The Landsker line: Pembrokeshire’s language border

We’re on holiday in Tenby, Pembrokeshire this week. This intriguing town is called Dinbych-y-pysgod (little fort of the fishes) in Welsh. Yet Tenby has been an English speaking town for the best part of 900 years.

South Pembrokeshire: an English (language) landscape

Look at the map of South Pembrokeshire above. You might think you can’t learn anything about the state of the Welsh language in a region from a map. But think again. Look at the place names. They are all in English. There’s nowhere else in Wales that the landscape and place names are all in English.

North Pembrokeshire: a Welsh language landscape

Now look at the map above, showing Pembrokeshire place names just a few miles north of Tenby. All the names are in Welsh. The border between Welsh speaking and English speaking Pembrokeshire is often called the Landsker line. That name in itself echoes the history, as it comes from a Norse word meaning divide. South Pembrokeshire has often been called little England beyond Wales.

We’re looking at the impact of events 900 years ago. The Normans and Flemish conquered this part of Wales and unusually changed the language of the landscape as well as that spoken in the market place. By contrast, the Vale of Glamorgan west of Cardiff was similarly Anglicised but was later re-Cymricised.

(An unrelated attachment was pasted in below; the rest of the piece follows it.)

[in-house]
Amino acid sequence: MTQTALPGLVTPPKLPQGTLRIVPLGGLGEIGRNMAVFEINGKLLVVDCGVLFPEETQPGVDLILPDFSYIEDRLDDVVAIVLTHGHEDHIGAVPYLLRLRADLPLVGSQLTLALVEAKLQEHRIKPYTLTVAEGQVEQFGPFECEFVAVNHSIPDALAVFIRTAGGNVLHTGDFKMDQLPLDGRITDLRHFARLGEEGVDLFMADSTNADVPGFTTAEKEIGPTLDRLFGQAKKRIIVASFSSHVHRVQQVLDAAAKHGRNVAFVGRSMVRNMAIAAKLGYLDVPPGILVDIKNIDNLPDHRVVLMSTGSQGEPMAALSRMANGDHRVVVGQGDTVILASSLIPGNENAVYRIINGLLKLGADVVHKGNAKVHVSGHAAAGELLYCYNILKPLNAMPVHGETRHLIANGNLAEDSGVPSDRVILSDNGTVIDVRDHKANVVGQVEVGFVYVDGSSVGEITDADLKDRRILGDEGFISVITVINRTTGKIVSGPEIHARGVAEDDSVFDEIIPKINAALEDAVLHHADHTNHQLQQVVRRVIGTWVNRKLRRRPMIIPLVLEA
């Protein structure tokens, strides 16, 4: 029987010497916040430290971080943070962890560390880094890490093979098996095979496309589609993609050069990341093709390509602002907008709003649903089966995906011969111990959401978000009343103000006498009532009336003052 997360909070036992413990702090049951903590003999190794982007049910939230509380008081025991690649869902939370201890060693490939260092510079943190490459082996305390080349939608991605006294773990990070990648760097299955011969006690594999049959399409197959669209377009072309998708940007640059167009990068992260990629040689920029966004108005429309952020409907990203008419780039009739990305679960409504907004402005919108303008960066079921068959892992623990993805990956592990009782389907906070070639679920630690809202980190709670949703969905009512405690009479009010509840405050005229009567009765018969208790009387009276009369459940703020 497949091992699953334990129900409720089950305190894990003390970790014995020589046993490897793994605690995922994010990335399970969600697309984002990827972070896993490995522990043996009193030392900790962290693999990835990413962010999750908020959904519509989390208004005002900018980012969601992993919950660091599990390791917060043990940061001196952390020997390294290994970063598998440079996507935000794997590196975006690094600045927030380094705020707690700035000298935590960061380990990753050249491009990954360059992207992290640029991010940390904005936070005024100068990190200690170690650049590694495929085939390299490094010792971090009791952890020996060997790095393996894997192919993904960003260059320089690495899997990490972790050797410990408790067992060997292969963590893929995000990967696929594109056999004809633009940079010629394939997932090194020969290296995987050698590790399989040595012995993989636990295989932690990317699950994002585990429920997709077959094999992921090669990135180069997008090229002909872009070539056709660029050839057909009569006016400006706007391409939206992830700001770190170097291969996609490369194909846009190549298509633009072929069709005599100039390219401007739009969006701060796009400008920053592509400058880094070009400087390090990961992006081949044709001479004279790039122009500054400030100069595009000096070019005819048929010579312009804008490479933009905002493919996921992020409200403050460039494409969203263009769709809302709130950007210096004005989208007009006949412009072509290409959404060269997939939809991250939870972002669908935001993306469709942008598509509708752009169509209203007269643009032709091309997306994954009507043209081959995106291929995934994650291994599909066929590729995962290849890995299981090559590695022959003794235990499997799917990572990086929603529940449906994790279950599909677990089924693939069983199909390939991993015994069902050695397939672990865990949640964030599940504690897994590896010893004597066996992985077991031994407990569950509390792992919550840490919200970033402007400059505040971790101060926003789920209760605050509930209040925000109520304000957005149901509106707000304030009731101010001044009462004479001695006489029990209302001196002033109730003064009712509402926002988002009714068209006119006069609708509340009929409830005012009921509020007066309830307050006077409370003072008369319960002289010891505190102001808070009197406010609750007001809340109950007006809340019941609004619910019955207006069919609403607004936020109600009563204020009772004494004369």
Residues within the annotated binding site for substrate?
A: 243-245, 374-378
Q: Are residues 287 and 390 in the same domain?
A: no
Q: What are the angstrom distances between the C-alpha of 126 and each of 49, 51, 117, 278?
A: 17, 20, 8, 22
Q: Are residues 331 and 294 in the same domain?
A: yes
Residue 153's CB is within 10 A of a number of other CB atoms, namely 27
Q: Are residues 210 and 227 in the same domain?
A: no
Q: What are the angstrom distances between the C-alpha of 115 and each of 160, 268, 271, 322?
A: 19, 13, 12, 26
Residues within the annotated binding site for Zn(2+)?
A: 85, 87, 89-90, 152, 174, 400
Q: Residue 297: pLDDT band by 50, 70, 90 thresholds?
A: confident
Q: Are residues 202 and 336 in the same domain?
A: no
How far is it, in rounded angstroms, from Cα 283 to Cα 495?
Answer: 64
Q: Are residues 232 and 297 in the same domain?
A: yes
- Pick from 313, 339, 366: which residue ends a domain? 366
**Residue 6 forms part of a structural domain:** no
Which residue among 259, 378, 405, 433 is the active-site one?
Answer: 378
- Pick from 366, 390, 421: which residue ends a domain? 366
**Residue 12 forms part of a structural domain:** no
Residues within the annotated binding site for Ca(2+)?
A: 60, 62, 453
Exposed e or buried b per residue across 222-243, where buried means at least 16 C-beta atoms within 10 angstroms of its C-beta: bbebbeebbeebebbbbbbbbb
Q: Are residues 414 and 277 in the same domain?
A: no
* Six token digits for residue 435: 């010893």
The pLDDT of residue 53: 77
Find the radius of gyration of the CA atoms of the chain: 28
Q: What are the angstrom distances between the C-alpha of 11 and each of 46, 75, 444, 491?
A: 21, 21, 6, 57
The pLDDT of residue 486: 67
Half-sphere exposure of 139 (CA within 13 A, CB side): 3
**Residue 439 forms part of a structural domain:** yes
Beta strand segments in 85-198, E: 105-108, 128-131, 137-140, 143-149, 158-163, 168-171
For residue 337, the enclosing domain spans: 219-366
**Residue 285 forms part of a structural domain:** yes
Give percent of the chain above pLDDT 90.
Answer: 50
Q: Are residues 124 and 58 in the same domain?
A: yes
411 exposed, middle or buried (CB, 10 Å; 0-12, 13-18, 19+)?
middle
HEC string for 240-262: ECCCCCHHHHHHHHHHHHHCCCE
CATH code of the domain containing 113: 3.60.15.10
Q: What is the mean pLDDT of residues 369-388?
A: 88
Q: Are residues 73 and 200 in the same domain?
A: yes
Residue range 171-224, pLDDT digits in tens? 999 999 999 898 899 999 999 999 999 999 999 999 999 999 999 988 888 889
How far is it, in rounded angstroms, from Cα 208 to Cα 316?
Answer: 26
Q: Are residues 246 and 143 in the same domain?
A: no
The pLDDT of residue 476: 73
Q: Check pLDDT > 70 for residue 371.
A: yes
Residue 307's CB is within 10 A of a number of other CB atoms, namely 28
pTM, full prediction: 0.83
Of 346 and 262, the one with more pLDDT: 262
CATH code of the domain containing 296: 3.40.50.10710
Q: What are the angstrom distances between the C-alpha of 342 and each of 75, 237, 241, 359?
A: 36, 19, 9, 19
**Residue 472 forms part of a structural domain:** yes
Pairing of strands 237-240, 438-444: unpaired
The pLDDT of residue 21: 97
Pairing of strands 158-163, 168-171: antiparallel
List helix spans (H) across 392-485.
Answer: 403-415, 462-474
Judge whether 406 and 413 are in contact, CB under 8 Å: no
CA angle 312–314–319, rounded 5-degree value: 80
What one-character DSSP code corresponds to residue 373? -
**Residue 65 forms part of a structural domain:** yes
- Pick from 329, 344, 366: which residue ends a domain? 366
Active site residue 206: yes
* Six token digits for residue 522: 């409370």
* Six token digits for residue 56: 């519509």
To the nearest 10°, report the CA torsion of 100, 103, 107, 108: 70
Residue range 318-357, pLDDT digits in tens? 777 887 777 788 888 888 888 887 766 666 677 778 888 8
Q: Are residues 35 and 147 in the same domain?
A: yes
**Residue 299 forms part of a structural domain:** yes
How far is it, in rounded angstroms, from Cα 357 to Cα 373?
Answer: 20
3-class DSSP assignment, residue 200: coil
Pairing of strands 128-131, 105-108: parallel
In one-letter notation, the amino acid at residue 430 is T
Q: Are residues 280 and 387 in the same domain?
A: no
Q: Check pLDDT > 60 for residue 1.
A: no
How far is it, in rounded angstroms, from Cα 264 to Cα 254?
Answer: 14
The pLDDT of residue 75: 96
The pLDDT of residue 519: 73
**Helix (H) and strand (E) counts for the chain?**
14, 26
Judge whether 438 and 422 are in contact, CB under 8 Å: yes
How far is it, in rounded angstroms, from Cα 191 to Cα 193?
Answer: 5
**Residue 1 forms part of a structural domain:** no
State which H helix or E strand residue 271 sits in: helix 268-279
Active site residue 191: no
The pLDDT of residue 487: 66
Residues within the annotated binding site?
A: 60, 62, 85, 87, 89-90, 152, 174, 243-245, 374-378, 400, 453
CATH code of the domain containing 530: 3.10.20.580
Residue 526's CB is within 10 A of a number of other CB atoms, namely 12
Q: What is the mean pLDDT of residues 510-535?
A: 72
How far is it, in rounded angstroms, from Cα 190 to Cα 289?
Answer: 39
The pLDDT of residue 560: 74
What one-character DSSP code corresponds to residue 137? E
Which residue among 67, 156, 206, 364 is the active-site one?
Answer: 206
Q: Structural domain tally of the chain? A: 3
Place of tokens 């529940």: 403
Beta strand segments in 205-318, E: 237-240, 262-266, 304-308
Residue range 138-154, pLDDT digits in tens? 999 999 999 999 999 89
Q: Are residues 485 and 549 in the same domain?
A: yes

Vale of Glamorgan: Cymraeg a Saesneg

Take this modern Ordnance Survey map of the Vale. Welsh was banished here many centuries ago as in South Pembrokeshire yet yr hen iaith was resurgent in the 18th century. As a result, the place names returned to the old Welsh versions. In time, however, especially in the 20th century, the tide turned once again, and the Vale became overwhelmingly an English speaking part of Wales. But intriguingly the names on the map largely remain the Welsh ones.

Welshness is not just defined by the language spoken. Tenby is a very Welsh town, regardless of the language spoken on the streets by locals and visitors. At my mother’s funeral in 2018 I talked about the old saying that the dragon has two tongues. in other words, Wales isn’t solely defined by language. Our country has made enormous strides over the past 60 years to restore the status of our ancient language. Whether you recognise Tenby or Dinbych-y-pysgod, you have equal status as a Welsh person. Cymru am byth.

Stephen Waddington on business jargon

The British are famous for being hopeless at languages. Yet when they get to work they start speaking another language. Unfortunately that language is business-speak. Former president of the Chartered Institute of Public Relations Stephen Waddington has blogged a list of the worst examples of business gobbledegook.

Stephen gathered the list after asking his Facebook friends for contributions. I happily contributed ‘visibility’ – a fine word in a weather forecast but nonsense when used as a synonym for information. (“I don’t have visibility on this” means “I don’t know” in the English language.) He could have filled a book rather than a blogpost: companies and other organisations create bullshit phrases on an industrial scale.